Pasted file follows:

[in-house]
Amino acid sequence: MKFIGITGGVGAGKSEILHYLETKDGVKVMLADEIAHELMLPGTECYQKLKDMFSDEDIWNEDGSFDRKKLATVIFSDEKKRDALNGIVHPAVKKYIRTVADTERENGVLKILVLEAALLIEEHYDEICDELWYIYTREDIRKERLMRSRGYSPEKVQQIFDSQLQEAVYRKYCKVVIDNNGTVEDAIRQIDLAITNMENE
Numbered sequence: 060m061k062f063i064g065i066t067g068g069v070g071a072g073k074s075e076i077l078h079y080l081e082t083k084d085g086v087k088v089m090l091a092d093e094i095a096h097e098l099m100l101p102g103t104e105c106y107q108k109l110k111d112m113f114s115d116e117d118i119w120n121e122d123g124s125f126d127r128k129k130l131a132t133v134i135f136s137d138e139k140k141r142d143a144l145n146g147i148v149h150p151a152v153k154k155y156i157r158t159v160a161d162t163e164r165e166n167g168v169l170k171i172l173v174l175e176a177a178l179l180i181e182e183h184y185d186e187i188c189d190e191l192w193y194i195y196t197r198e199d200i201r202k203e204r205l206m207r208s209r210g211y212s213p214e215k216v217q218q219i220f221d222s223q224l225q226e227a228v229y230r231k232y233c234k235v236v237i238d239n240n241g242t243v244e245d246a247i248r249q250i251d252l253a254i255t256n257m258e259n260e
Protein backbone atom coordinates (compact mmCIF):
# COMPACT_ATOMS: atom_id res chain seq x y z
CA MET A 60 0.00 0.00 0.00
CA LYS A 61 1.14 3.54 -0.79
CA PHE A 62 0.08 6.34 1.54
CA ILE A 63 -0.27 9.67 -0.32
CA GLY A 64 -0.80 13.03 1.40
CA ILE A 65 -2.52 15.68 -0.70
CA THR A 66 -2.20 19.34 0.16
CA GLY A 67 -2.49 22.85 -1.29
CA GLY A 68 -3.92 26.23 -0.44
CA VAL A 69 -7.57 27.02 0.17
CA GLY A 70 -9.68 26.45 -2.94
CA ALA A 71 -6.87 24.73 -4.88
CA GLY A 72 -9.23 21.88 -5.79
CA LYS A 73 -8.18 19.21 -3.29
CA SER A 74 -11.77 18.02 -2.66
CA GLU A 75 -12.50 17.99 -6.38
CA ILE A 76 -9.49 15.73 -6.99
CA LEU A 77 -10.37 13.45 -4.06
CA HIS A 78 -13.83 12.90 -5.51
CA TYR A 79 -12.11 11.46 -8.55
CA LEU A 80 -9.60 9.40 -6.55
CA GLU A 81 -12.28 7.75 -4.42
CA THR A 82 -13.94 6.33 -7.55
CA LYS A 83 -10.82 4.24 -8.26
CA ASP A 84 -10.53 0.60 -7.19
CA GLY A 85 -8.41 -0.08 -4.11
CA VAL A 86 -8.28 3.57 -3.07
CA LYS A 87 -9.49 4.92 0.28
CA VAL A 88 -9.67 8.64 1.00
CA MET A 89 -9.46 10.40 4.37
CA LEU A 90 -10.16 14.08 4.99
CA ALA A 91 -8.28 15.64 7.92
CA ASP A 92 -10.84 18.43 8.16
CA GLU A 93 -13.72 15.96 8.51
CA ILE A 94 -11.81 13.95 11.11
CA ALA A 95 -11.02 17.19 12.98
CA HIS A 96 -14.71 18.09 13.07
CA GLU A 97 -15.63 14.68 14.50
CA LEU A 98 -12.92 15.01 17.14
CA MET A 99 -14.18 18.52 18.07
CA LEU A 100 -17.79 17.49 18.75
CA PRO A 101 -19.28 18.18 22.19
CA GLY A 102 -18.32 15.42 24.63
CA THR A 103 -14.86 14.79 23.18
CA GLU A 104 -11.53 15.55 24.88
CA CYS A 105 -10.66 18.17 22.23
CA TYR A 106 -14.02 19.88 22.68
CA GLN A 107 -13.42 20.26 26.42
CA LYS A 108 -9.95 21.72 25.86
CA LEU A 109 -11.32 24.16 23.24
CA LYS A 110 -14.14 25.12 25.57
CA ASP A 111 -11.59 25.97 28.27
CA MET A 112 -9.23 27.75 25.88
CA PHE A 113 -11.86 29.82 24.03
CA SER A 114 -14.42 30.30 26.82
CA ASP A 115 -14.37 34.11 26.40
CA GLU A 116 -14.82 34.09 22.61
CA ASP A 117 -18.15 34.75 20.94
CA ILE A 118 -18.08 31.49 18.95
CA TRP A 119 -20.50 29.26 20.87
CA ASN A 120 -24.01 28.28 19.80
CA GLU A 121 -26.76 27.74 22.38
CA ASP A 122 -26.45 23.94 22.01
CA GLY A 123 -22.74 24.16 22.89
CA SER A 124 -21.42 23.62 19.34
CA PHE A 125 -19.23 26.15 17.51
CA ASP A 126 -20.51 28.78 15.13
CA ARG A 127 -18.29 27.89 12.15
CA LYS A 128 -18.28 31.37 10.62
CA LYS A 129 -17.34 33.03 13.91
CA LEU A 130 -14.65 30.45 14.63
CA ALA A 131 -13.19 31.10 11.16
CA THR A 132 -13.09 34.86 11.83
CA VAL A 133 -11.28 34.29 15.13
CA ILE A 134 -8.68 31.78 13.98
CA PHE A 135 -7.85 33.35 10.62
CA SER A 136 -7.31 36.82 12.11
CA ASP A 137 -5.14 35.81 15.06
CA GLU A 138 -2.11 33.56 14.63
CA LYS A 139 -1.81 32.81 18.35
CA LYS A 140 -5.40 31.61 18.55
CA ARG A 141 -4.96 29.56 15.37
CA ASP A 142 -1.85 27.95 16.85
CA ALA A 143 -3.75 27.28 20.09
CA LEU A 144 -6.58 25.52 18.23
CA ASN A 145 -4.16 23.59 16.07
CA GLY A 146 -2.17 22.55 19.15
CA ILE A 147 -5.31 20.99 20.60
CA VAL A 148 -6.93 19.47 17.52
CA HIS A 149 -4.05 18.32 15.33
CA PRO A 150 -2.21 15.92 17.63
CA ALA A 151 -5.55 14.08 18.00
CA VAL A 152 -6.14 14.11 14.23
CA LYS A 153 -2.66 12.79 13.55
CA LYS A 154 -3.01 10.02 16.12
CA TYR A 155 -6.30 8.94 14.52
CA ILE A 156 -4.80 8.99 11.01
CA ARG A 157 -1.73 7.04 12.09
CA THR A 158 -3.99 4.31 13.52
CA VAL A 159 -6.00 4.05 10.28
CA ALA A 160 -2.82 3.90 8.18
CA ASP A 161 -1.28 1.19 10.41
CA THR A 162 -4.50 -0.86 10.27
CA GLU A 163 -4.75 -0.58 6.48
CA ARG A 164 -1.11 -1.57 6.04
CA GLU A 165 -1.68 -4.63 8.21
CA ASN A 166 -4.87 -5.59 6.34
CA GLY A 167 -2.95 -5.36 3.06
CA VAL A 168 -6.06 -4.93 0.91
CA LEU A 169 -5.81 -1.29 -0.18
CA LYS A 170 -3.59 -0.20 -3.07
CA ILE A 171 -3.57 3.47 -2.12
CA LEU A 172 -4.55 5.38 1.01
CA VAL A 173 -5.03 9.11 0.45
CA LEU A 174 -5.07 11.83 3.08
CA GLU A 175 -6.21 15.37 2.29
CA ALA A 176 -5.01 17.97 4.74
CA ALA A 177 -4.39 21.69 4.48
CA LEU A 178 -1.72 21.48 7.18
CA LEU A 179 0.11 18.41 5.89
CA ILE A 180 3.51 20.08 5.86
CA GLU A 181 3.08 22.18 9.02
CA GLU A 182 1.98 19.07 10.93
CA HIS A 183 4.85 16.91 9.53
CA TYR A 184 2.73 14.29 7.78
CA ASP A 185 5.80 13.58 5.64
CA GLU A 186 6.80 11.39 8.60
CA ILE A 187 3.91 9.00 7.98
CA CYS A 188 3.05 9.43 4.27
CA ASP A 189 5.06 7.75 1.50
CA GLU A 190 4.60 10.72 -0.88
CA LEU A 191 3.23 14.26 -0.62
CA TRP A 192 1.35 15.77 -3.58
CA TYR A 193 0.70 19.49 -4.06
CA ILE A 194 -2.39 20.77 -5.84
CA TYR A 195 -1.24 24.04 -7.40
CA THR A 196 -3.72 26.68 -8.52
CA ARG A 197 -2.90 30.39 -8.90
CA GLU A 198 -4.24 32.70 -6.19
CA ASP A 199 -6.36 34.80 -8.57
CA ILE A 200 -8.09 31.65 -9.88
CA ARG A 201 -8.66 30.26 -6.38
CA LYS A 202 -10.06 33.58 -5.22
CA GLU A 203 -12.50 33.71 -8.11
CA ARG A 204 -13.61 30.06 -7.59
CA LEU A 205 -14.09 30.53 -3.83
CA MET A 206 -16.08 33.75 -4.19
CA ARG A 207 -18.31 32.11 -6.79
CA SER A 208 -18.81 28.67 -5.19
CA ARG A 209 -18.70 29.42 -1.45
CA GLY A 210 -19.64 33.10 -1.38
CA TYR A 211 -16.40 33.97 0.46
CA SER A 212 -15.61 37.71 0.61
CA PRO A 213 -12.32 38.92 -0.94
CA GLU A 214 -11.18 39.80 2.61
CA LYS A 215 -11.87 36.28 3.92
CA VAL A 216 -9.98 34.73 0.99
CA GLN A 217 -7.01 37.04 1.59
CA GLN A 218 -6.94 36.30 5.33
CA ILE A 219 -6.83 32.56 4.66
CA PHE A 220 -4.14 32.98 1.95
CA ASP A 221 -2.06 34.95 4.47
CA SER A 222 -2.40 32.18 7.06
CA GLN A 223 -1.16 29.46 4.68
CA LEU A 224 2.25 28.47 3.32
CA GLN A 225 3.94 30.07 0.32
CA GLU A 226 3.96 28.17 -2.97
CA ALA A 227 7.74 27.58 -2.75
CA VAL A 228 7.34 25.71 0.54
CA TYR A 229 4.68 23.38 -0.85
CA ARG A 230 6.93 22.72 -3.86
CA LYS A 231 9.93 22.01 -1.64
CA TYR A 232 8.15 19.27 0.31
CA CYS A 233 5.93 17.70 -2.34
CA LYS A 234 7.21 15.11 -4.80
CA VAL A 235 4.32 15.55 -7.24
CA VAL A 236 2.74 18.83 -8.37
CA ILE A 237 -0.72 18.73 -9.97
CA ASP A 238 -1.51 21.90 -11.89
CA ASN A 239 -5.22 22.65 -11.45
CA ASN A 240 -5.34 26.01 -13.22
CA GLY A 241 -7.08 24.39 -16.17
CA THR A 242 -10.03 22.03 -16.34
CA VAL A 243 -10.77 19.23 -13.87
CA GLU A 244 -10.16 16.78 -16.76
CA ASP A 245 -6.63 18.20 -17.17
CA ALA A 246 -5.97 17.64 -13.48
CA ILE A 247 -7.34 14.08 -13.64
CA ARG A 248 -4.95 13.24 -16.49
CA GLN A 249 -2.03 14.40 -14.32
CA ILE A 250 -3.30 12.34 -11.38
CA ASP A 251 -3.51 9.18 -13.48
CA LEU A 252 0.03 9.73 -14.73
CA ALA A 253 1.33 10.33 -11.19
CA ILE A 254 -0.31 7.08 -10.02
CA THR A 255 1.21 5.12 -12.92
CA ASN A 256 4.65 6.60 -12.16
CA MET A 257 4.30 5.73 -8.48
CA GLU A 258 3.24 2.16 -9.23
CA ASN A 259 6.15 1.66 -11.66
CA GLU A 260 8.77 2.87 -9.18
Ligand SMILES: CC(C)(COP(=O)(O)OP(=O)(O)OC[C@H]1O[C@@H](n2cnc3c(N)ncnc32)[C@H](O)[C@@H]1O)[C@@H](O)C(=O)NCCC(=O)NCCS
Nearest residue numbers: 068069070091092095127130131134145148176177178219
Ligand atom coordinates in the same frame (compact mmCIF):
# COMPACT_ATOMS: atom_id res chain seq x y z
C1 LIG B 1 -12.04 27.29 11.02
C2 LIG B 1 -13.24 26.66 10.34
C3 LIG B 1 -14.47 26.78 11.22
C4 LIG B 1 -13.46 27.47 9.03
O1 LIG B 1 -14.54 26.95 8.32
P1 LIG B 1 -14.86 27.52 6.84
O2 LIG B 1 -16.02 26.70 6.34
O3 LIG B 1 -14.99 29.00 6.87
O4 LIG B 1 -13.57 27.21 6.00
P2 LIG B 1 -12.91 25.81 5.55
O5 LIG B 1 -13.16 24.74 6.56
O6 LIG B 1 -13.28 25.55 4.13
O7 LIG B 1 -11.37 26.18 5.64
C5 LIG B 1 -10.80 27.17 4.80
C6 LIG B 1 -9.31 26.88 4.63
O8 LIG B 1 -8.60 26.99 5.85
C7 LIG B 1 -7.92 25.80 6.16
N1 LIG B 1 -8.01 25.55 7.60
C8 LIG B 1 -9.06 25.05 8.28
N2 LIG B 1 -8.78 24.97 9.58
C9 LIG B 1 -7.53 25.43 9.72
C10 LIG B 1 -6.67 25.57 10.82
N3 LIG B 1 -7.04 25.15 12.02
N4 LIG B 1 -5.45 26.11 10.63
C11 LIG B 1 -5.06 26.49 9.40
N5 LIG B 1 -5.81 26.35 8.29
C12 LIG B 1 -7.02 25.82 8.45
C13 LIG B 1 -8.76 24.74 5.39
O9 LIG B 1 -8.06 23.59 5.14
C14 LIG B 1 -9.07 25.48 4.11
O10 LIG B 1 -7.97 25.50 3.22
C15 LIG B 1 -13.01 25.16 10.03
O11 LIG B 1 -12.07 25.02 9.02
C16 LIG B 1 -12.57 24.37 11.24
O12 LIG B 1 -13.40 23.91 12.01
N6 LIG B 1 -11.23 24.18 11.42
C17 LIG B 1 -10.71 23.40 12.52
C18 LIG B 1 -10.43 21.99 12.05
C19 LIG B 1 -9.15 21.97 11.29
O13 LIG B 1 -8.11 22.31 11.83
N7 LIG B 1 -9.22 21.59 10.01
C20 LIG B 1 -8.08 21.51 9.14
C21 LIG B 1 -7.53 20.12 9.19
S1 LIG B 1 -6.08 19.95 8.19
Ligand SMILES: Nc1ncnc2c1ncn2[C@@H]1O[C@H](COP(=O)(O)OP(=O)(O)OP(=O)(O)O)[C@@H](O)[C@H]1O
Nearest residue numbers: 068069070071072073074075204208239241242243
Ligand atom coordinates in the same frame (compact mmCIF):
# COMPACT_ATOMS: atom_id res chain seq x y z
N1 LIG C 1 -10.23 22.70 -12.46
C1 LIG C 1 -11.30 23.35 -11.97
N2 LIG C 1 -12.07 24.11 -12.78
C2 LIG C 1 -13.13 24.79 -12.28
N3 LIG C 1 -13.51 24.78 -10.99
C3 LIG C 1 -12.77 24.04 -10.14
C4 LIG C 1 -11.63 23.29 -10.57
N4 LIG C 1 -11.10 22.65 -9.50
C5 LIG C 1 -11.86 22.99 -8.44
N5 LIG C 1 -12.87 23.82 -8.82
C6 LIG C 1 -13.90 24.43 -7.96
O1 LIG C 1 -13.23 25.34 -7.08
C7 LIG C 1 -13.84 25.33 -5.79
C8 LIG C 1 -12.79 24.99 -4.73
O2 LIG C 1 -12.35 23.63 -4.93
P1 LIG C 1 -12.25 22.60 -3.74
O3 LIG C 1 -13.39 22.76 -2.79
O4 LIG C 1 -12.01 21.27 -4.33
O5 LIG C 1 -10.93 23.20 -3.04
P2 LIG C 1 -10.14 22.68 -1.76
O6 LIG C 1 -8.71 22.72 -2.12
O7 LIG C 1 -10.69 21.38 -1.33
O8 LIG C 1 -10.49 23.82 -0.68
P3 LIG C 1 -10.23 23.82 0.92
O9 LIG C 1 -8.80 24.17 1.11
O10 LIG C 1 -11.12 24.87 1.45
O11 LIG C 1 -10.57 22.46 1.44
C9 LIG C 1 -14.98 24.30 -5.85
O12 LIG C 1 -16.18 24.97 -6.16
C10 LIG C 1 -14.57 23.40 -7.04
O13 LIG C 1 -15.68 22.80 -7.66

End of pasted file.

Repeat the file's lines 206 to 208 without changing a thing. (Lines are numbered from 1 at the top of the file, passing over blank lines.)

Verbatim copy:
CA GLU A 260 8.77 2.87 -9.18
Ligand SMILES: CC(C)(COP(=O)(O)OP(=O)(O)OC[C@H]1O[C@@H](n2cnc3c(N)ncnc32)[C@H](O)[C@@H]1O)[C@@H](O)C(=O)NCCC(=O)NCCS
Nearest residue numbers: 068069070091092095127130131134145148176177178219